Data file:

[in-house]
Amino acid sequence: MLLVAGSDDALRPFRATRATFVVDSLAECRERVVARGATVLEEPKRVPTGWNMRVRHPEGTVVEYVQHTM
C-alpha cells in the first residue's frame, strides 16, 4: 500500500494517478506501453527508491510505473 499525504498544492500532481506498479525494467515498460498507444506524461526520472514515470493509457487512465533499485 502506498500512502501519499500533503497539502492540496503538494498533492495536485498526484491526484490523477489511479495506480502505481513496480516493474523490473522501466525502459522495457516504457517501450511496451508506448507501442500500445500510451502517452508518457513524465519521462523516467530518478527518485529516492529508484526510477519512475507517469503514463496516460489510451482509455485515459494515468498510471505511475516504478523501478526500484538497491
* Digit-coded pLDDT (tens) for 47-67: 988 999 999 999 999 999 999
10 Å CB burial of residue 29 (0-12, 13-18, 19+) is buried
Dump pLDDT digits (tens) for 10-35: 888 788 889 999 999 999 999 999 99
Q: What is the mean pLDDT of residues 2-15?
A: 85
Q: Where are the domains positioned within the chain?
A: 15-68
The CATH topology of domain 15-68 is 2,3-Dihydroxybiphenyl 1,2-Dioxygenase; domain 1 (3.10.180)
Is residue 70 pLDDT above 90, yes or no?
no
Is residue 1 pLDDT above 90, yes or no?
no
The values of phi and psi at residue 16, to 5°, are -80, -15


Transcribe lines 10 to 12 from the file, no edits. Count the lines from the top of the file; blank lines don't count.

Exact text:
A: 15-68
The CATH topology of domain 15-68 is 2,3-Dihydroxybiphenyl 1,2-Dioxygenase; domain 1 (3.10.180)
Is residue 70 pLDDT above 90, yes or no?